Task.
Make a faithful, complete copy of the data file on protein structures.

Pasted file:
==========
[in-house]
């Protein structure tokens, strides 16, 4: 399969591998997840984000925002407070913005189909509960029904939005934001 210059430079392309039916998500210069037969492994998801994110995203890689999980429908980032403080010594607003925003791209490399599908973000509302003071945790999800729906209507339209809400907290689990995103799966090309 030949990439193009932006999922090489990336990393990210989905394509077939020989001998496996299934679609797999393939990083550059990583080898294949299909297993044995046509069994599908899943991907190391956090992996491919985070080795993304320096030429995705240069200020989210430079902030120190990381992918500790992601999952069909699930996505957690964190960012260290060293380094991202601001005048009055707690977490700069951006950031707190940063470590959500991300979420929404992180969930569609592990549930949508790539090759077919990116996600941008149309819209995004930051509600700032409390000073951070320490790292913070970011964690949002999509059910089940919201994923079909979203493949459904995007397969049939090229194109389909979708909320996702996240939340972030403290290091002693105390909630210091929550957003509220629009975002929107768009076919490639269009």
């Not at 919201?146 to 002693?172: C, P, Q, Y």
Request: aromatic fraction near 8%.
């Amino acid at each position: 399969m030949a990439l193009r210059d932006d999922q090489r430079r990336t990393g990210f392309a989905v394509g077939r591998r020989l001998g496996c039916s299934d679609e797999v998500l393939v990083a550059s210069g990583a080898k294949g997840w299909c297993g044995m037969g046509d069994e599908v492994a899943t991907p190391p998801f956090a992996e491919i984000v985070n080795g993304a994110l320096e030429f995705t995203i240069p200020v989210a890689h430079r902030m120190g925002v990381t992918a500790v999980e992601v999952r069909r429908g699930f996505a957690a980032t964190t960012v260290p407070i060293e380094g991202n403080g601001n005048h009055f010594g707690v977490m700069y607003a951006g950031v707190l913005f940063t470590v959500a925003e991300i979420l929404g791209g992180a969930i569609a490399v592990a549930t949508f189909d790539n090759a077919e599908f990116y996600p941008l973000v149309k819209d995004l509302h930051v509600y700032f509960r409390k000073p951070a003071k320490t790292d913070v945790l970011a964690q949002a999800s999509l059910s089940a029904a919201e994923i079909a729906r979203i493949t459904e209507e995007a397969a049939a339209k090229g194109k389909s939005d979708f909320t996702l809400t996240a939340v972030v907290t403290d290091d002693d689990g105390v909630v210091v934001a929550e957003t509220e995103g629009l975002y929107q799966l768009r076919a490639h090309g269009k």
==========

[in-house]
């Protein structure tokens, strides 16, 4: 399969591998997840984000925002407070913005189909509960029904939005934001 210059430079392309039916998500210069037969492994998801994110995203890689999980429908980032403080010594607003925003791209490399599908973000509302003071945790999800729906209507339209809400907290689990995103799966090309 030949990439193009932006999922090489990336990393990210989905394509077939020989001998496996299934679609797999393939990083550059990583080898294949299909297993044995046509069994599908899943991907190391956090992996491919985070080795993304320096030429995705240069200020989210430079902030120190990381992918500790992601999952069909699930996505957690964190960012260290060293380094991202601001005048009055707690977490700069951006950031707190940063470590959500991300979420929404992180969930569609592990549930949508790539090759077919990116996600941008149309819209995004930051509600700032409390000073951070320490790292913070970011964690949002999509059910089940919201994923079909979203493949459904995007397969049939090229194109389909979708909320996702996240939340972030403290290091002693105390909630210091929550957003509220629009975002929107768009076919490639269009």
């Not at 919201?146 to 002693?172: C, P, Q, Y």
Request: aromatic fraction near 8%.
């Amino acid at each position: 399969m030949a990439l193009r210059d932006d999922q090489r430079r990336t990393g990210f392309a989905v394509g077939r591998r020989l001998g496996c039916s299934d679609e797999v998500l393939v990083a550059s210069g990583a080898k294949g997840w299909c297993g044995m037969g046509d069994e599908v492994a899943t991907p190391p998801f956090a992996e491919i984000v985070n080795g993304a994110l320096e030429f995705t995203i240069p200020v989210a890689h430079r902030m120190g925002v990381t992918a500790v999980e992601v999952r069909r429908g699930f996505a957690a980032t964190t960012v260290p407070i060293e380094g991202n403080g601001n005048h009055f010594g707690v977490m700069y607003a951006g950031v707190l913005f940063t470590v959500a925003e991300i979420l929404g791209g992180a969930i569609a490399v592990a549930t949508f189909d790539n090759a077919e599908f990116y996600p941008l973000v149309k819209d995004l509302h930051v509600y700032f509960r409390k000073p951070a003071k320490t790292d913070v945790l970011a964690q949002a999800s999509l059910s089940a029904a919201e994923i079909a729906r979203i493949t459904e209507e995007a397969a049939a339209k090229g194109k389909s939005d979708f909320t996702l809400t996240a939340v972030v907290t403290d290091d002693d689990g105390v909630v210091v934001a929550e957003t509220e995103g629009l975002y929107q799966l768009r076919a490639h090309g269009k």